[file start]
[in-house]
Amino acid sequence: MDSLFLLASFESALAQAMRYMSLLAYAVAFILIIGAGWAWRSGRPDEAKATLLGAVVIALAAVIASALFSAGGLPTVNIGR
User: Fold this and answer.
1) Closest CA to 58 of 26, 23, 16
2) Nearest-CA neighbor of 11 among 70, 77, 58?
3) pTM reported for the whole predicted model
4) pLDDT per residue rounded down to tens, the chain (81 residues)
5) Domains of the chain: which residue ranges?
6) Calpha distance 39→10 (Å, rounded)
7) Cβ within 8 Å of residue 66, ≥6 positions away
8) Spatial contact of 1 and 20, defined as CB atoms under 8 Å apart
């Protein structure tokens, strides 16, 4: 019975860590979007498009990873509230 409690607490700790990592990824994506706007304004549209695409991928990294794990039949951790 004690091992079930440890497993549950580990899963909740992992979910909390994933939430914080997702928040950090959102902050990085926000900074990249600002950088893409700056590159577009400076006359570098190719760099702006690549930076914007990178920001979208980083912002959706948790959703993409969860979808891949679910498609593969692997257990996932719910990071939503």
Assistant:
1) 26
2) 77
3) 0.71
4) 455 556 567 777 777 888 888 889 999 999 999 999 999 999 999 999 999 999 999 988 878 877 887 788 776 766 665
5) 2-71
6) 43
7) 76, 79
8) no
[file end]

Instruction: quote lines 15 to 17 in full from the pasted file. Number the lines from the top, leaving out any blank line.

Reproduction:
2) 77
3) 0.71
4) 455 556 567 777 777 888 888 889 999 999 999 999 999 999 999 999 999 999 999 988 878 877 887 788 776 766 665